Anyone have any knowledge on modular level design?


I want to build a fairly large and complex environment for my current project. I would like to build out a kit of reusable 3d assets that I can clip together to put buildings, decor etc together.

I have read the bethesda presentation on this school of thought but I had a little trouble following it. I am an experienced programmer but am really doing this project to become familiar with 3D development so I am fairly limited by my own lack of knowledge on the topic.

If anyone can help with letting me know how I might go about putting together a “kit” of sorts for my environments, that would be fantastic.

Thanks in advance.

I can help more if I had specifics, like what type of gameplay and environment you are thinking of. Feel free to reference other games for comparison.

A general approach I would take is to identify what assets are going to make up the bulk of your environment and tackle them first. Start with developing a small area that represents the larger scope in your game. For example, if were developing a game that took place in a futuristic city, I would not start by making a massive city. I would make one block or street instead.

Inside this scene, it would break it down to common elements that I can reuse to construct a city. While you are doing this, your first time should be spent on the things that affect gameplay. For our hypothetical game, lets say its GTA on a Mars in the year 3000.

I don’t think you’d want any assets to have too much detail and a basic texture/color. You want to concentrate on strictly form. I’d make a simple roadpiece, probably with a sidewalk built in. Then I would make a number of interesting shapes to represent buildings. It’s the future so they are funkier than normal. I’m not even doing interiors because that makes it a hell of lot easier. Now you can start building your city block in the world. If at this point you are still having problems determining what to make for pieces, limit it by scale. Do not make anything that would fit into a 20x20 foot box (for this example, for a different type of game that would be different, be flexible. A flight sim would be 200ft. So no signs, cars, benches, robots, trash cans, - any smaller detail.)

Run around your world, make adjustments on this scale. You will start to notice what you need. Bridges maybe? Overpasses? Address these larger concerns and then move onto the next scale level. Make anything that is between 10 and 20 feet. Cars, light poles, oxygen generators, larger props. Place them around. Feel out your environment.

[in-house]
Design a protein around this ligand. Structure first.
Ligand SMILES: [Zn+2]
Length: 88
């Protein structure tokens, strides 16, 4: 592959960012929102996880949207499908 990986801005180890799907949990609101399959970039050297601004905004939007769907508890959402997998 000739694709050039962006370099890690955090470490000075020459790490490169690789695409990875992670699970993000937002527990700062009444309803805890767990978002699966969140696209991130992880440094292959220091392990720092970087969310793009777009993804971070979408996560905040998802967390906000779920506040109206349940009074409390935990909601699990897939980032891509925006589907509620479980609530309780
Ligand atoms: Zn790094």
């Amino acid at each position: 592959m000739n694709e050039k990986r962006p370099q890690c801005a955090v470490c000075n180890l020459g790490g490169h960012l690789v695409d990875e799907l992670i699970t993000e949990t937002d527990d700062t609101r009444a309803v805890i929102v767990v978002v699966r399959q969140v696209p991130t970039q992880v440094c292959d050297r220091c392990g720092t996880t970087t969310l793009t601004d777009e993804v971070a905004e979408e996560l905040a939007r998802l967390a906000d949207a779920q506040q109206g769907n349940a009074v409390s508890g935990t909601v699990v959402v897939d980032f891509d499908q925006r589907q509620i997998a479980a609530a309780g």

At this point you could do a test. Duplicate your city block. Rotate it 90 degrees, place the duplicate next your original block. Delete some buildings from one block. Rotate some others. Copy these two blocks, rotate 90 and place adjacent to the previous set. Switch up the buildings in those blocks. Now you have a 2x2 section. Play your environment. How does it look? What is repeating? What is working well to sell your vision?

Looking good? Move to the next level of detail. Street signs, curbs, building details - maybe make a kit of windows and doors your can tack onto your building shapes, space dumpsters, etc.

Rinse repeat. You can stop at any point, at which you should have a collection of assets that can make a city block. You eventual goal is to replace these temp assets with ones that represent the style and look of your game. You could work on that now, or you might want to do some planning on paper, what kind of limits you want to go for, what are some landmarks you might want. Maybe the city has a big dome over it. Or a giant generator in the middle. Again, stay general. Take that information and start to build your whole city. With that guide you can take your block, rotate it, change it up, clone it, clone that set, and the next one, etc. Mockup your landmarks and start putting them in.

Hope this helps - any questions?

For modular level design (in an interior setting), my usual process is:

  1. Decide on a theme for the environment so the aesthetics are consistent, and use textures of the same type within the theme

  2. Construct hallway segments, corner pieces, floor tiles, hubs, etc. that are aligned with the grid in the 3D modeling application

  3. Make sure to center all of the modular pieces to the origin in the 3D software before exporting to FBX so that placement is easiest in UE4

  4. Use the grid snap in Unreal to arrange the layout out of the different parts that were constructed in the 3D software

Hey, thanks! This and the answer below make up exactly what I was looking for.

I am building an environment with a city and suburban area. What I want to do is have entire wall sections and building sites in a models repository that I can use to build up my environment rapidly. Various buildings should be able to be entered etc. I know that this is a heavy task and this is why I am trying to make it as reusable as possible.


When you make your city, I really want to stress this- don’t try and create a literal recreation of what you think a city is. Most cities are flat and have very simple building designs. Instead, you can do your grid design but try and build the spaces inbetween buildings with height differences. GTA is a great example of city design. Most of the cities in GTA give you the feeling of a city without actually being constructed like one.

If you have a copy of Torchlight, or Torchlight 2, I would strongly suggest downloading our mod tools and exploring that. We build everything with modular assets and it sounds like it would be a great example for what you are looking for. Its a different engine, but still applies.